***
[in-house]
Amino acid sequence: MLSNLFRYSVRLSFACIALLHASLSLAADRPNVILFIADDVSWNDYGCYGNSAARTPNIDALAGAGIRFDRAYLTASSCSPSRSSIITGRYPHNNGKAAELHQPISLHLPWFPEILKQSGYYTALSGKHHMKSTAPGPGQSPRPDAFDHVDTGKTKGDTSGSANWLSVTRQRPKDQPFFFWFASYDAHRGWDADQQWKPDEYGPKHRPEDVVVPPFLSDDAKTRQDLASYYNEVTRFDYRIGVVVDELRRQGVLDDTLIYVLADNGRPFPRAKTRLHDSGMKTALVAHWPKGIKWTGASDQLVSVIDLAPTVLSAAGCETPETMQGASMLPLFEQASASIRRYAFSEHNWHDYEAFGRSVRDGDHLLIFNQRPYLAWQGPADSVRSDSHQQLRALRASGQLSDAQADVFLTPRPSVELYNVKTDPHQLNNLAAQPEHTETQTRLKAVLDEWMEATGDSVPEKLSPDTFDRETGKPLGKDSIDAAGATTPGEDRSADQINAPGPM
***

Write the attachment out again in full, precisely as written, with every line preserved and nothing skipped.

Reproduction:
[in-house]
Amino acid sequence: MLSNLFRYSVRLSFACIALLHASLSLAADRPNVILFIADDVSWNDYGCYGNSAARTPNIDALAGAGIRFDRAYLTASSCSPSRSSIITGRYPHNNGKAAELHQPISLHLPWFPEILKQSGYYTALSGKHHMKSTAPGPGQSPRPDAFDHVDTGKTKGDTSGSANWLSVTRQRPKDQPFFFWFASYDAHRGWDADQQWKPDEYGPKHRPEDVVVPPFLSDDAKTRQDLASYYNEVTRFDYRIGVVVDELRRQGVLDDTLIYVLADNGRPFPRAKTRLHDSGMKTALVAHWPKGIKWTGASDQLVSVIDLAPTVLSAAGCETPETMQGASMLPLFEQASASIRRYAFSEHNWHDYEAFGRSVRDGDHLLIFNQRPYLAWQGPADSVRSDSHQQLRALRASGQLSDAQADVFLTPRPSVELYNVKTDPHQLNNLAAQPEHTETQTRLKAVLDEWMEATGDSVPEKLSPDTFDRETGKPLGKDSIDAAGATTPGEDRSADQINAPGPM